This book, first published in 1999, studies the work of a generation of 'respondents' to the New York School, including Robert Rauschenberg, Jasper Johns and Cy Twombly, who reintroduced pictorialism and verbal content in their paintings and assemblages. Their work, Marjorie Welish argues, often alludes to the history of art and culture. Also examined are the work of Minimal and Conceptual artists, particularly Donald Judd and Sol Le Witt, who sought to make objective and theoretical artefacts in response to the subjectivity that Abstract Expressionism had promoted. By interpreting the work of these artists in the light of contemporary issues, Welish offers a fresh re-evaluation of some of the major trends and production of post-war American painting.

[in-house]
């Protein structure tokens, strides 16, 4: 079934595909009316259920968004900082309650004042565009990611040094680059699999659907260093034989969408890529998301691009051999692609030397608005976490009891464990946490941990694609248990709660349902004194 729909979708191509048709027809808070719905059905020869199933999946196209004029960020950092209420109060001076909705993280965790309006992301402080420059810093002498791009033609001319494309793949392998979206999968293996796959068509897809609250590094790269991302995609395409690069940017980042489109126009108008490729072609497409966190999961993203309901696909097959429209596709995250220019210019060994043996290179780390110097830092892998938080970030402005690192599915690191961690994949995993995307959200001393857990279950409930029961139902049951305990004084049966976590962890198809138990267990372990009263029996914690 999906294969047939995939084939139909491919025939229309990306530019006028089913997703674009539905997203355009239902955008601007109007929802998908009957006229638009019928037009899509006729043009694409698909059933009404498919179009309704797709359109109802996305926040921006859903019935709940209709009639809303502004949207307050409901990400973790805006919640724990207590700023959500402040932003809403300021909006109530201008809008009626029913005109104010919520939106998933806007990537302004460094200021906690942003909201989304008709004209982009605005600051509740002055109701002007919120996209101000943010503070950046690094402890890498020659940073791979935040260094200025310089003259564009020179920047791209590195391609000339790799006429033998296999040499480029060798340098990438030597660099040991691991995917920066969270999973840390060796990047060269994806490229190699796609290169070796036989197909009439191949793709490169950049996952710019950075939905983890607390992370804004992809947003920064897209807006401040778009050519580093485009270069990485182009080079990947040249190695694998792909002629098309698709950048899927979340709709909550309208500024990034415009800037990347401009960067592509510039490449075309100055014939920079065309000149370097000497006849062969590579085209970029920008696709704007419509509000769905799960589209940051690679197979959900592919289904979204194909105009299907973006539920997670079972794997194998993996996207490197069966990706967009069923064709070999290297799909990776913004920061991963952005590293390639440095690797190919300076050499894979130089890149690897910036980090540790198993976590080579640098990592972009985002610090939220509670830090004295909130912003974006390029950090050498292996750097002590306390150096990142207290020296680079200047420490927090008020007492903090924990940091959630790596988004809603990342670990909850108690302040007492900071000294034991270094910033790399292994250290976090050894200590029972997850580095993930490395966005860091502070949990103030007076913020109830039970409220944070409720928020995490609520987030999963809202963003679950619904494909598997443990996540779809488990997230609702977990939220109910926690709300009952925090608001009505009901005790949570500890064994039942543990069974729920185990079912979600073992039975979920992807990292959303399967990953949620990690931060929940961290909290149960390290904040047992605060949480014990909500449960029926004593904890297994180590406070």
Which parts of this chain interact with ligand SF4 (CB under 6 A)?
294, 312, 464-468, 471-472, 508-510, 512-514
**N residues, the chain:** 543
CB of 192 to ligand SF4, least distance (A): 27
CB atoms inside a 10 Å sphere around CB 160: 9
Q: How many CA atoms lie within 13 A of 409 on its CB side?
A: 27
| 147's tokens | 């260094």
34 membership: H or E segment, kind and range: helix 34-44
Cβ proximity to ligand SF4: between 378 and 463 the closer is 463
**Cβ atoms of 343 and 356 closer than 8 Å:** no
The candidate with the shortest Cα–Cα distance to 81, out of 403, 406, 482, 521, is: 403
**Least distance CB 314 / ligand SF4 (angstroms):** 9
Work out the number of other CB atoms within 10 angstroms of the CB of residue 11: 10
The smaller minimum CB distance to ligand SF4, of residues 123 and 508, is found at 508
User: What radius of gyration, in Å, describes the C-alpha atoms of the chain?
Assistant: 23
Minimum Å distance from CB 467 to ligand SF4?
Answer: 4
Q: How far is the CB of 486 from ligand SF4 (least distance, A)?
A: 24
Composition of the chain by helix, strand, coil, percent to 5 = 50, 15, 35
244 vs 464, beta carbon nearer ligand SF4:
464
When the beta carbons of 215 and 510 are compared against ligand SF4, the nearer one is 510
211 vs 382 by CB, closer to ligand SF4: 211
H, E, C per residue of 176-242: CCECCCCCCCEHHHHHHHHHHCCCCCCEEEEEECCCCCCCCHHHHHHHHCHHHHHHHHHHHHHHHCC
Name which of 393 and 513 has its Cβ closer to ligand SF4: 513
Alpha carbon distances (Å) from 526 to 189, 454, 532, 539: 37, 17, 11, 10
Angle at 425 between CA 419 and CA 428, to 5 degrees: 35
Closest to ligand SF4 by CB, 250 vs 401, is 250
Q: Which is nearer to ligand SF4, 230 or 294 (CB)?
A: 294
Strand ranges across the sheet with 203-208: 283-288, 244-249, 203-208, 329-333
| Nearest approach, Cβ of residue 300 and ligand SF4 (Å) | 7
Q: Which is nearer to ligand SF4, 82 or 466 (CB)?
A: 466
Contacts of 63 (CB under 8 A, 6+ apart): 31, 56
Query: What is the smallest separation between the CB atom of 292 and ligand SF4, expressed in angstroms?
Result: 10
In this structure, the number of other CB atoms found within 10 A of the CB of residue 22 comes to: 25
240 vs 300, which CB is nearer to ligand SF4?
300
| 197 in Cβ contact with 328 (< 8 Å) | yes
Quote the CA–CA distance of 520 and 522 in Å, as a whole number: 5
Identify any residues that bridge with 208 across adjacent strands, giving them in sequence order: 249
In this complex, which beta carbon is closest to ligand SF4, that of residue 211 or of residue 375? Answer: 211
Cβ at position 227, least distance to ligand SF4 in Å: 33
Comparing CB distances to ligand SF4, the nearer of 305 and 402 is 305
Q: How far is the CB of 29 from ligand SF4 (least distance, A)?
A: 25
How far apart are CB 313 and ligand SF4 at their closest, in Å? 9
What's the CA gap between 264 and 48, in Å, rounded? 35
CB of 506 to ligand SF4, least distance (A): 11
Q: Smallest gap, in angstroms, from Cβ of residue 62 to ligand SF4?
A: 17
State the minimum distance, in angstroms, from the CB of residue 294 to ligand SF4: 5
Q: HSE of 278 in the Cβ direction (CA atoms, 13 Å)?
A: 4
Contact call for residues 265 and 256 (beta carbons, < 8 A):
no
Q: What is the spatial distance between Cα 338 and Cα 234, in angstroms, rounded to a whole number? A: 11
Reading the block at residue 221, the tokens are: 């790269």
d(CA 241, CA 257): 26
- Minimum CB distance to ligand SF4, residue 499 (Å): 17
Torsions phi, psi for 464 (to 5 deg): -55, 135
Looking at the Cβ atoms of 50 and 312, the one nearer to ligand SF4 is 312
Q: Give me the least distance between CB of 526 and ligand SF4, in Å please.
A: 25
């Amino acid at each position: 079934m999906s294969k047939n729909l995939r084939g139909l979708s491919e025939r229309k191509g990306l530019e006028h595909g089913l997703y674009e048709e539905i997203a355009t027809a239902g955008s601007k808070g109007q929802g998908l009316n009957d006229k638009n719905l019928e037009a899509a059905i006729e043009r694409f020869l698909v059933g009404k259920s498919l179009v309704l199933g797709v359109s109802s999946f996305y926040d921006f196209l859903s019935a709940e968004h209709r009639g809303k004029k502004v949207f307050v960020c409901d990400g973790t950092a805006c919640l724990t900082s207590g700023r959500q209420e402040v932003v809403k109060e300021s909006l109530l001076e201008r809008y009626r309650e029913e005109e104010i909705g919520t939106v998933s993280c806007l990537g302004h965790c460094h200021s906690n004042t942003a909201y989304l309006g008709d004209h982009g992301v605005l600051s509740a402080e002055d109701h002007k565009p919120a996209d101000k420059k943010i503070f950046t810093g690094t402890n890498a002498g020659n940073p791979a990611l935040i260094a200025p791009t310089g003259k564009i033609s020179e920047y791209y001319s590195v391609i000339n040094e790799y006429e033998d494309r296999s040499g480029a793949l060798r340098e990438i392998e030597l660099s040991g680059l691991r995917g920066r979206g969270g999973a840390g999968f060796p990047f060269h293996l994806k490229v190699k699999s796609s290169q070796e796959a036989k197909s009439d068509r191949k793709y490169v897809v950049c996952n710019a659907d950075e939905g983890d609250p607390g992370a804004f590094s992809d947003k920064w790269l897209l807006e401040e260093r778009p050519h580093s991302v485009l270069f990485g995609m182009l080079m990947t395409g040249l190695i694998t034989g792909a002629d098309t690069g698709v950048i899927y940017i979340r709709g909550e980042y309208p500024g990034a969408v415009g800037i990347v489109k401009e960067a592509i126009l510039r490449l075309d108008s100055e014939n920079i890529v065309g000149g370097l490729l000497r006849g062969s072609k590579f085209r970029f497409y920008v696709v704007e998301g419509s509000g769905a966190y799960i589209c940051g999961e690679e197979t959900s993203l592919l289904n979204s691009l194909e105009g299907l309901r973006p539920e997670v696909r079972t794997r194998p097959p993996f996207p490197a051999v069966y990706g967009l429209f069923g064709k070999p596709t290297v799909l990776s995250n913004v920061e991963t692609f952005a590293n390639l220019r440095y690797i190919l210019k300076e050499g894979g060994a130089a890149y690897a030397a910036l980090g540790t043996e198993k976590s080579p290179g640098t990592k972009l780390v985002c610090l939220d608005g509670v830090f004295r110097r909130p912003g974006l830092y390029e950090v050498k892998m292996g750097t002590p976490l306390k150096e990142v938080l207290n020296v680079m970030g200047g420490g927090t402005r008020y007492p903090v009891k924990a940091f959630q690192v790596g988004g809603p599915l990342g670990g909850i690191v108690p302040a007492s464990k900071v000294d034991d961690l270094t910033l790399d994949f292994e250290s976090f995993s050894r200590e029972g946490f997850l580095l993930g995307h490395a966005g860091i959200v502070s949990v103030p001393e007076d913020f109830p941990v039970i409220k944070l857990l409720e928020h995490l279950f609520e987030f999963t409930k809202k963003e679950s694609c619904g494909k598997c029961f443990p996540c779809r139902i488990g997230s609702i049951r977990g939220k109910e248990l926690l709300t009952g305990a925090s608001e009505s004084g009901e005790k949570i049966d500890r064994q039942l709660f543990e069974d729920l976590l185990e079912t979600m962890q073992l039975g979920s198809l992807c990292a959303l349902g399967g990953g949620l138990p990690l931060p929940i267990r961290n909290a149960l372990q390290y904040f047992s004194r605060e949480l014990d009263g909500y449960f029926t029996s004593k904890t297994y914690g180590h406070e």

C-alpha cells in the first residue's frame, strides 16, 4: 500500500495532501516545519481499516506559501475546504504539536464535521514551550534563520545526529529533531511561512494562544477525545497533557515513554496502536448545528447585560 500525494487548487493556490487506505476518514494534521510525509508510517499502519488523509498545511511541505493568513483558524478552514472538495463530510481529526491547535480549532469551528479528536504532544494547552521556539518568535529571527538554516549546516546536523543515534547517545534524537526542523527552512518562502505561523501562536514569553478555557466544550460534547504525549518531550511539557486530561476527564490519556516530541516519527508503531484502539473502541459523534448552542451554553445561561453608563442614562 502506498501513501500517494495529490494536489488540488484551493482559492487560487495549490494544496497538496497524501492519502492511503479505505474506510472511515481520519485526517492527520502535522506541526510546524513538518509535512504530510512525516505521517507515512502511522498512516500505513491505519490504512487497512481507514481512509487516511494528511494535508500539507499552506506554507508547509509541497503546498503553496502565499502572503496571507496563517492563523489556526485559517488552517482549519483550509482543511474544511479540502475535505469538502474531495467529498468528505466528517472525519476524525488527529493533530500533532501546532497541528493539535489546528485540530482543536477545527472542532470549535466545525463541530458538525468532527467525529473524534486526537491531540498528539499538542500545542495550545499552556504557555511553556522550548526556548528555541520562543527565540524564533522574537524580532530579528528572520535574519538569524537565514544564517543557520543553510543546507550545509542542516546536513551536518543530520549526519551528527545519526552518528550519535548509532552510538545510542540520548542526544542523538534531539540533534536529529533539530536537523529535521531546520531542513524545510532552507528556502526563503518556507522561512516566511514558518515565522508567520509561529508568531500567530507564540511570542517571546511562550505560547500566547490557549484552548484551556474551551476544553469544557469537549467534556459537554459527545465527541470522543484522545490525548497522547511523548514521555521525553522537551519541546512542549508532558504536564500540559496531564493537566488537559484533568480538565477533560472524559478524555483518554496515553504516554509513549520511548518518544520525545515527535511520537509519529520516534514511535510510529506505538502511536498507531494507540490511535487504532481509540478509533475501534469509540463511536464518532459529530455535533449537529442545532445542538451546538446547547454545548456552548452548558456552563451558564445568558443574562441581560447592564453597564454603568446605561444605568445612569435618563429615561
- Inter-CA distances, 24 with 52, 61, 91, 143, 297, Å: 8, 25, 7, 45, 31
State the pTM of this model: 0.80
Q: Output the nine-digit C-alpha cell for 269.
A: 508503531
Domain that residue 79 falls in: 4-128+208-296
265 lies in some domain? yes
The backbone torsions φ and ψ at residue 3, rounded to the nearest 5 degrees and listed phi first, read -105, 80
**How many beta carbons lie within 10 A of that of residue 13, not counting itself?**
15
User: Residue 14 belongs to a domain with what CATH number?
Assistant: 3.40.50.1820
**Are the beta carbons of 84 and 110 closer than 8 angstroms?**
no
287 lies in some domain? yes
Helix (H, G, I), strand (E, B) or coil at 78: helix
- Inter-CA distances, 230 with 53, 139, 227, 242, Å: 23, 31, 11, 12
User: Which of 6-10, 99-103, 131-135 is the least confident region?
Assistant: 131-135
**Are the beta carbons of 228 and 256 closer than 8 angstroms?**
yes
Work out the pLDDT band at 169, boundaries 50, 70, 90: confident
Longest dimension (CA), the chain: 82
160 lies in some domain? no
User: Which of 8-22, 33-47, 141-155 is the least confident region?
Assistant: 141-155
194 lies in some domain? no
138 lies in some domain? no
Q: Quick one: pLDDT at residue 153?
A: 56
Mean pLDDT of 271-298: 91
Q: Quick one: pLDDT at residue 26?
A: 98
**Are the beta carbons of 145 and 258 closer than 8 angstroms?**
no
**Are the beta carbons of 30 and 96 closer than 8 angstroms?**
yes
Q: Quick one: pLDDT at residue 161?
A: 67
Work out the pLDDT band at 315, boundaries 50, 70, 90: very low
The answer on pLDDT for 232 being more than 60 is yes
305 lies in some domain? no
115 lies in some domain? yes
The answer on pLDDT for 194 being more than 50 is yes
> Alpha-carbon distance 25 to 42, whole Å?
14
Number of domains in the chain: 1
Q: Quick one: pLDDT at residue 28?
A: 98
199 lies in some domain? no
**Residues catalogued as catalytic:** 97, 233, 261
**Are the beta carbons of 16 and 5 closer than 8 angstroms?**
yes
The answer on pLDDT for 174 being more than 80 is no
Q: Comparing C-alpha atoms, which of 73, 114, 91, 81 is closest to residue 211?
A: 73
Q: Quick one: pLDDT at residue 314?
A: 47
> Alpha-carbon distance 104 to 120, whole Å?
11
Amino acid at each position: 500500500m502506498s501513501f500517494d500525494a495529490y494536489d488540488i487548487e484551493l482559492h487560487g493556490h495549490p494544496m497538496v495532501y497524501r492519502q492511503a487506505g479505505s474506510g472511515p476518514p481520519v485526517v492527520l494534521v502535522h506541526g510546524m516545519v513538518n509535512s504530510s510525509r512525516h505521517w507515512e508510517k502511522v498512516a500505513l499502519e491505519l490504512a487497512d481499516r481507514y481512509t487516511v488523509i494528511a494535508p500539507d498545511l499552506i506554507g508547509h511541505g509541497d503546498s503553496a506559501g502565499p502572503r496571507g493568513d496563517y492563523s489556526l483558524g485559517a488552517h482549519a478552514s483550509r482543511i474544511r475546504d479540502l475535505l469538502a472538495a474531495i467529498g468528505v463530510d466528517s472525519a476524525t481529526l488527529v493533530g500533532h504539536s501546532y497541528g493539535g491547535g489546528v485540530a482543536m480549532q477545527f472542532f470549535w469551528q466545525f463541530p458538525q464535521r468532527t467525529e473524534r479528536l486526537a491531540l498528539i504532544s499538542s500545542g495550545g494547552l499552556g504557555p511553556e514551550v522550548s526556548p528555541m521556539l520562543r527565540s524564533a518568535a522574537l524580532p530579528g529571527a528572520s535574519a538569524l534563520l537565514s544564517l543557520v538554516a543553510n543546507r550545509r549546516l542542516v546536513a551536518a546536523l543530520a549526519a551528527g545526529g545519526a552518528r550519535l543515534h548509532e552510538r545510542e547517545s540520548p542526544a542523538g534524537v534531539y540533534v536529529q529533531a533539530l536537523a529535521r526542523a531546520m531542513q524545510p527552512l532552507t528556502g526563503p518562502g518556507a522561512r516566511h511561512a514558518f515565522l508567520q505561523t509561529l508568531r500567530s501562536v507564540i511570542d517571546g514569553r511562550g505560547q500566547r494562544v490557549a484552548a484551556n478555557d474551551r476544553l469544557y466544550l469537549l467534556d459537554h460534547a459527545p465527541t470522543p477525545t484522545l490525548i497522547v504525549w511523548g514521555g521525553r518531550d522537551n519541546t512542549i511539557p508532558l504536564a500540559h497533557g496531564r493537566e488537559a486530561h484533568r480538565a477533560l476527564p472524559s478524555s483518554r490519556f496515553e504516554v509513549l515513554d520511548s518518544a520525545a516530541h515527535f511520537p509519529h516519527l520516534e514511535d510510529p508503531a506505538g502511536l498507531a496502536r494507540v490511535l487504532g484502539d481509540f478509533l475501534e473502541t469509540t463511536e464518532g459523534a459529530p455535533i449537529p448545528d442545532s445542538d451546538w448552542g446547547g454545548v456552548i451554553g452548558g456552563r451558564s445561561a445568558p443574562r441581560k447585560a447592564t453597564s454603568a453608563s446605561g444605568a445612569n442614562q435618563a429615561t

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(253mm x 177mm x 18mm)
Cambridge University Press
Publisher: Cambridge University Press
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